While some see this legislation on compounding pharmacies to be a step in the right direction, it is essentially toothless.
The measure, aimed at improving how drugs are tracked from production until they are purchased at a drug store, would clarify what sponsors said was confusion over the Food and Drug Administration’s authority over compounded drugs. It would also require the agency to coordinate its oversight of compounded-drug safety with states.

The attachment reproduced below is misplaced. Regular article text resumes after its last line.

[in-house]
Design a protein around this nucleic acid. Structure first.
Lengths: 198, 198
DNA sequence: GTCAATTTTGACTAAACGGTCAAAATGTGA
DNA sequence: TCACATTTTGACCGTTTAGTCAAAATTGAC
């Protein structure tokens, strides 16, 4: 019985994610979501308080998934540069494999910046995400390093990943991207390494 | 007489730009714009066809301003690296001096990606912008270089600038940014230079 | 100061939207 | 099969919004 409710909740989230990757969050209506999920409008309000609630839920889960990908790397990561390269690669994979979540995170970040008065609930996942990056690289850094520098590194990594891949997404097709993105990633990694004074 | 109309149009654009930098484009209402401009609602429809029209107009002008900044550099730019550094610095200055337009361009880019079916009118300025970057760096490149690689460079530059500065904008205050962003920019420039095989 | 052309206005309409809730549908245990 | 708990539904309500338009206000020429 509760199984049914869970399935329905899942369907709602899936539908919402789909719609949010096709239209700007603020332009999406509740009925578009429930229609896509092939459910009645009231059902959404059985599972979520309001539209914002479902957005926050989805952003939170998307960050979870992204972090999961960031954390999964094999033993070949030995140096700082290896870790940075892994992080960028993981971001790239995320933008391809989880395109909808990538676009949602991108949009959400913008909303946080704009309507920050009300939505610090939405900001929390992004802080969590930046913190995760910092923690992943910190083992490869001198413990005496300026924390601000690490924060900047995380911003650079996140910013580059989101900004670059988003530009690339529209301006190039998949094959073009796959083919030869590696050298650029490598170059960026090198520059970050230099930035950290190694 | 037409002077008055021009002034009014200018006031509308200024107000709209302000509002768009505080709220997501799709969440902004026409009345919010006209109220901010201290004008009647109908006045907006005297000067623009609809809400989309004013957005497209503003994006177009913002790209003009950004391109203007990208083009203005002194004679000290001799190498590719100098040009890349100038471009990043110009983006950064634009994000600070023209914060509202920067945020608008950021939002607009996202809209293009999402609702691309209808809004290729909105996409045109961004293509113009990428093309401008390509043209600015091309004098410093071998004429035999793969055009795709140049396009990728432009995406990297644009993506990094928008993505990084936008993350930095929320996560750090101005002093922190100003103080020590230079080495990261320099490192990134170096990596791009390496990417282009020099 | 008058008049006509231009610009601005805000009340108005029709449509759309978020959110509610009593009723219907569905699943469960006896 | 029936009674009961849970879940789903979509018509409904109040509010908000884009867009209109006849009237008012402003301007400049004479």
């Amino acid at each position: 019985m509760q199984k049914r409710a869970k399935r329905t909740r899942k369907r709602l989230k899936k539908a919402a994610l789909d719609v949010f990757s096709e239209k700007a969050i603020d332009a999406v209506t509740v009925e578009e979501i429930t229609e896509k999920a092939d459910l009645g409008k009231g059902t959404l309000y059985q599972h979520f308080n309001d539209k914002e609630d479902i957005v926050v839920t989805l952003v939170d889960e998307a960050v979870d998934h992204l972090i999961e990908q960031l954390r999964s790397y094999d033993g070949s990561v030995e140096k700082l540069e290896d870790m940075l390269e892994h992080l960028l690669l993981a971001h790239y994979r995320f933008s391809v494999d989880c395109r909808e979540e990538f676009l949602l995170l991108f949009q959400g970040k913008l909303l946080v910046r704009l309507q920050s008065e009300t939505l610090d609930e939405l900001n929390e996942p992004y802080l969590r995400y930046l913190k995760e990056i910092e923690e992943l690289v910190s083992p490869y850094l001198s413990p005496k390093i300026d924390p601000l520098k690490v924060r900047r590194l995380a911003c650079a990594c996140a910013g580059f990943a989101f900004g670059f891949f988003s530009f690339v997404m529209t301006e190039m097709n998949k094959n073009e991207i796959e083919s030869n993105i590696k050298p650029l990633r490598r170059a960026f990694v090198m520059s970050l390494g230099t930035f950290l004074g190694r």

The compounding pharmacies could voluntarily register and come under the purview of the FDA or they stay “traditional” and remain under the oversight of state pharmacy boards.
What this legislation passed by the House on a bipartisanship basis means is best summed up by Representative DeLauro.
Rep. Rosa DeLauro, D-Conn., criticized the legislation, saying its voluntary registration for compounding companies “is not strong enough to ensure the public safety.”